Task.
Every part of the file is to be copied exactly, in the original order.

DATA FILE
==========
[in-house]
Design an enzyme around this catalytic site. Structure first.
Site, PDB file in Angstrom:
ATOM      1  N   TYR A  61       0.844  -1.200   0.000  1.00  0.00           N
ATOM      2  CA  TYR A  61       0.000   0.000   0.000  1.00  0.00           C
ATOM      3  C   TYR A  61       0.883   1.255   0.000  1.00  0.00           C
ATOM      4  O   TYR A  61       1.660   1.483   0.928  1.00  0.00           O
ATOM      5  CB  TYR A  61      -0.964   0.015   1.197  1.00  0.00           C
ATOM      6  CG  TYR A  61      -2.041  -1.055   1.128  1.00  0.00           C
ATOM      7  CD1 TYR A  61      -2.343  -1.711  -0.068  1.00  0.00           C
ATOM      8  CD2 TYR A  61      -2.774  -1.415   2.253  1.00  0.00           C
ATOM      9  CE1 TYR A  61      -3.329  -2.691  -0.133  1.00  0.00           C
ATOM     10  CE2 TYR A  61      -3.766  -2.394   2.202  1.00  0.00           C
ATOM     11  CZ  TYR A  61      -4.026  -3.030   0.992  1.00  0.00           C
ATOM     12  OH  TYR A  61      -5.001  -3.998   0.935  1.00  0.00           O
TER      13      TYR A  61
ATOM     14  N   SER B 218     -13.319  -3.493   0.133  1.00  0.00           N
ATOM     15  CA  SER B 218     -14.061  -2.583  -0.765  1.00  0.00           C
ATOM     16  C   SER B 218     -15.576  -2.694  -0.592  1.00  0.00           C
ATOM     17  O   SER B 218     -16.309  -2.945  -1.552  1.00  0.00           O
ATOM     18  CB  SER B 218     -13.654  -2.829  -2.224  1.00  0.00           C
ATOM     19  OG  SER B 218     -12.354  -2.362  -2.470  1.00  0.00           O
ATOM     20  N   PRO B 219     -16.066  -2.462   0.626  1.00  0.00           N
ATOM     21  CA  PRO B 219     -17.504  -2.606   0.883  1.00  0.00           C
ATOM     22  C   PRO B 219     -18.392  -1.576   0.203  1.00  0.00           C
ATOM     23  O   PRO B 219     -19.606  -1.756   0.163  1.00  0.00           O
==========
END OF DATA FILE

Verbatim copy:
[in-house]
Design an enzyme around this catalytic site. Structure first.
Site, PDB file in Angstrom:
ATOM      1  N   TYR A  61       0.844  -1.200   0.000  1.00  0.00           N
ATOM      2  CA  TYR A  61       0.000   0.000   0.000  1.00  0.00           C
ATOM      3  C   TYR A  61       0.883   1.255   0.000  1.00  0.00           C
ATOM      4  O   TYR A  61       1.660   1.483   0.928  1.00  0.00           O
ATOM      5  CB  TYR A  61      -0.964   0.015   1.197  1.00  0.00           C
ATOM      6  CG  TYR A  61      -2.041  -1.055   1.128  1.00  0.00           C
ATOM      7  CD1 TYR A  61      -2.343  -1.711  -0.068  1.00  0.00           C
ATOM      8  CD2 TYR A  61      -2.774  -1.415   2.253  1.00  0.00           C
ATOM      9  CE1 TYR A  61      -3.329  -2.691  -0.133  1.00  0.00           C
ATOM     10  CE2 TYR A  61      -3.766  -2.394   2.202  1.00  0.00           C
ATOM     11  CZ  TYR A  61      -4.026  -3.030   0.992  1.00  0.00           C
ATOM     12  OH  TYR A  61      -5.001  -3.998   0.935  1.00  0.00           O
TER      13      TYR A  61
ATOM     14  N   SER B 218     -13.319  -3.493   0.133  1.00  0.00           N
ATOM     15  CA  SER B 218     -14.061  -2.583  -0.765  1.00  0.00           C
ATOM     16  C   SER B 218     -15.576  -2.694  -0.592  1.00  0.00           C
ATOM     17  O   SER B 218     -16.309  -2.945  -1.552  1.00  0.00           O
ATOM     18  CB  SER B 218     -13.654  -2.829  -2.224  1.00  0.00           C
ATOM     19  OG  SER B 218     -12.354  -2.362  -2.470  1.00  0.00           O
ATOM     20  N   PRO B 219     -16.066  -2.462   0.626  1.00  0.00           N
ATOM     21  CA  PRO B 219     -17.504  -2.606   0.883  1.00  0.00           C
ATOM     22  C   PRO B 219     -18.392  -1.576   0.203  1.00  0.00           C
ATOM     23  O   PRO B 219     -19.606  -1.756   0.163  1.00  0.00           O